With TX abortion law allowed to go forward, GA could see new legislation in next session

ATLANTA — A Supreme Court ruling over the state of Texas’ new abortion law is putting new focus on Georgia’s heartbeat law.

We saw legal challenges to Georgia’s heartbeat abortion law almost immediately after Gov. Brian Kemp signed it.

It would have prevented abortions at the first sign of a fetal heartbeat, about six weeks into a pregnancy.

The ACLU sued and won. A federal court judge ruled it was unconstitutional.

But a new U.S. Supreme Court decision will allow Texas to implement its version of the law. The Texas law also bans abortions at six weeks but, through some legal wrangling, doesn’t allow the state to enforce it.

Instead, their law allows private citizens to enforce it by suing abortion providers.


Channel 2′s Richard Elliot spoke with two Republican candidates for lieutenant governor, State Sen. Butch Miller and Burt Jones about their reactions to the decision.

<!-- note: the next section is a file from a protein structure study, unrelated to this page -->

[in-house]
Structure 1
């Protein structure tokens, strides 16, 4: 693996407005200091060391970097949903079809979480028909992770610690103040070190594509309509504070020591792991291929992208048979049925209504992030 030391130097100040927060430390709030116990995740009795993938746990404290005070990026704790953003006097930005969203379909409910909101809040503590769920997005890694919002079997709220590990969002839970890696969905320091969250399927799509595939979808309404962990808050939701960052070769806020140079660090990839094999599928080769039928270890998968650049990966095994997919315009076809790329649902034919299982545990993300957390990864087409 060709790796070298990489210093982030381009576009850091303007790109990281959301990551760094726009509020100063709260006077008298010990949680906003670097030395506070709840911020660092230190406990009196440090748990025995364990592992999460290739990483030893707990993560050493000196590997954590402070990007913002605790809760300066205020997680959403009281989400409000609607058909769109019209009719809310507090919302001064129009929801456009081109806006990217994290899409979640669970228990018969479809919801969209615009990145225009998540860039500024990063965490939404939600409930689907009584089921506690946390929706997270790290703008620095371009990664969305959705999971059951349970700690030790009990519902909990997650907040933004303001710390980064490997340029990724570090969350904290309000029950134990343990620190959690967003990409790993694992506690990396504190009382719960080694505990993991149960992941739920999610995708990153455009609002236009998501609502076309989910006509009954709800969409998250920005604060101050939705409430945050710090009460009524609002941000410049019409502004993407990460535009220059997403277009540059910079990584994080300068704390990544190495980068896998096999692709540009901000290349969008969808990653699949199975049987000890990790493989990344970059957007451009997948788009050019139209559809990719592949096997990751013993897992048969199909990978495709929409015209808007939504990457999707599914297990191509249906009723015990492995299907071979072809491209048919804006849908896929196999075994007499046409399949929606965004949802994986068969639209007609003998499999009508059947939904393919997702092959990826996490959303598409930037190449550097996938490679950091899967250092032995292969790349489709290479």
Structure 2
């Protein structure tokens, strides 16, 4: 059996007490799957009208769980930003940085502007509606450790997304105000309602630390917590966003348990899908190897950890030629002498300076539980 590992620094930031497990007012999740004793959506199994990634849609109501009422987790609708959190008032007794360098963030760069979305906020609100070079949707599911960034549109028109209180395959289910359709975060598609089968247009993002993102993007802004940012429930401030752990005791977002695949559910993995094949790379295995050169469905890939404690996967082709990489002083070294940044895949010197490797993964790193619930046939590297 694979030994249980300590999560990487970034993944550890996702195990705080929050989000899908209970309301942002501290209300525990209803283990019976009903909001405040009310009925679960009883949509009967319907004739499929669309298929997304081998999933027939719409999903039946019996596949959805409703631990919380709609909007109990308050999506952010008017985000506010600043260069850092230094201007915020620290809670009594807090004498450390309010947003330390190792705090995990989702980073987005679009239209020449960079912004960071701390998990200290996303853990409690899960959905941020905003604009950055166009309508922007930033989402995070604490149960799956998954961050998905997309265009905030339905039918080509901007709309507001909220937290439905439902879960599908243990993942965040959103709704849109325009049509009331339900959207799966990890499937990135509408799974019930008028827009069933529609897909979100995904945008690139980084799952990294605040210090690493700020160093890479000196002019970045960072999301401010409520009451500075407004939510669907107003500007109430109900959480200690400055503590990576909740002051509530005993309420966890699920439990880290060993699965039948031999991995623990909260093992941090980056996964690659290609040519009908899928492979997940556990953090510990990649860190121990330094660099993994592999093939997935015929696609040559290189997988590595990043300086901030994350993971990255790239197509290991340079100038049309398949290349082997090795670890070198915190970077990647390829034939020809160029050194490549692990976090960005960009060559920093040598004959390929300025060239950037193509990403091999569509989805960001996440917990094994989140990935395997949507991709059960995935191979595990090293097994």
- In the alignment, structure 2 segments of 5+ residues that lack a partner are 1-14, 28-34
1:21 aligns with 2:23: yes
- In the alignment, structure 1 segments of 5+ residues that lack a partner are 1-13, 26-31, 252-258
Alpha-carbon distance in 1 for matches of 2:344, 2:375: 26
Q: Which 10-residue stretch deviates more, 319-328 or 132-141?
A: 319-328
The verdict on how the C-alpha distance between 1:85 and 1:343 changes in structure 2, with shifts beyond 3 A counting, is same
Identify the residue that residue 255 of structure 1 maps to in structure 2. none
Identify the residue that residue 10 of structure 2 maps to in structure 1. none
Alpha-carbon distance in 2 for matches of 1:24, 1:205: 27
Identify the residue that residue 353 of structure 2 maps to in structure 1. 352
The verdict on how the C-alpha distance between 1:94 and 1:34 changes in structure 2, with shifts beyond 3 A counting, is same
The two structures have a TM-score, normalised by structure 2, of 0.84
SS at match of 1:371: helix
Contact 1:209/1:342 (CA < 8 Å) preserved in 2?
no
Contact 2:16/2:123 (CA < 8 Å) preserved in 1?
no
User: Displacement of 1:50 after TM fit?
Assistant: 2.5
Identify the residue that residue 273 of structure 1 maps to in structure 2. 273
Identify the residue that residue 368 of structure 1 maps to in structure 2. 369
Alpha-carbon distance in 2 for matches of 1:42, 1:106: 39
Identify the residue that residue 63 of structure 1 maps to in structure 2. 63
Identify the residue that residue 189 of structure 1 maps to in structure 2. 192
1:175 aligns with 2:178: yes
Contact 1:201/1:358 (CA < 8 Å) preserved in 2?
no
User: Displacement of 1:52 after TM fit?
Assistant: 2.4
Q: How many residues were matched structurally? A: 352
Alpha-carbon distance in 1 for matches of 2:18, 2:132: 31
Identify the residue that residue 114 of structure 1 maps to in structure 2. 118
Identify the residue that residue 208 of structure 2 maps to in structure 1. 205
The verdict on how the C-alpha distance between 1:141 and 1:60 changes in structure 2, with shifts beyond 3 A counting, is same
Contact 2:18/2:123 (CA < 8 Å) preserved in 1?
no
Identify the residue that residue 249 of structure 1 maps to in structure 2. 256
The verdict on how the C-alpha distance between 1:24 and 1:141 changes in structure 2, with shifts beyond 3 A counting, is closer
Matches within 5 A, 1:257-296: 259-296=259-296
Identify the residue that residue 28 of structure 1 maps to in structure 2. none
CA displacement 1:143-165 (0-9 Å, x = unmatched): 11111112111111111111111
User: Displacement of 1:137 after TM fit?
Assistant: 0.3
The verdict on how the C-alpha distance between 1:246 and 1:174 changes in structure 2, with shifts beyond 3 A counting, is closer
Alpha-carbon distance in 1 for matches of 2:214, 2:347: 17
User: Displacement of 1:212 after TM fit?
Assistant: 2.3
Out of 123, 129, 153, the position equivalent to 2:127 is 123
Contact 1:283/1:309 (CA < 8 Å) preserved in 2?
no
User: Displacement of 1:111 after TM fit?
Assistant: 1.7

They both support the law and the Supreme Court decision. Both believe we could soon see Georgia lawmakers introducing bills similar to the one in Texas.

”There’s probably going to be several states that do something very similar to that. And I wouldn’t doubt it at all,” Jones said.

”I would be remiss if I did not tell you there’s a strong possibility that you’ll see additional legislation introduced,” Miller said.

Elliot also asked state Democrats about the ruling.

State Sen. Jen Jordan, who is running for attorney general, and Rep. Nikema Williams both oppose the Supreme Court’s decision, and wonder how it will impact the 11th Circuit’s decision on Georgia’s law.

”What the Supreme Court did, not deciding and letting the Texas law go into effect, I think that is going to impact members of the panel in the 11th Circuit,” Jordan said.

”I was sad and angry because this is an essential right for women to determine their health care needs in consultation with their doctors,” Williams said.

President Joe Biden announced Thursday that he would launch a full federal effort to respond to the new Texas law.

The 11th Circuit Court of Appeals is scheduled to hear the Georgia appeals case on Sept. 24.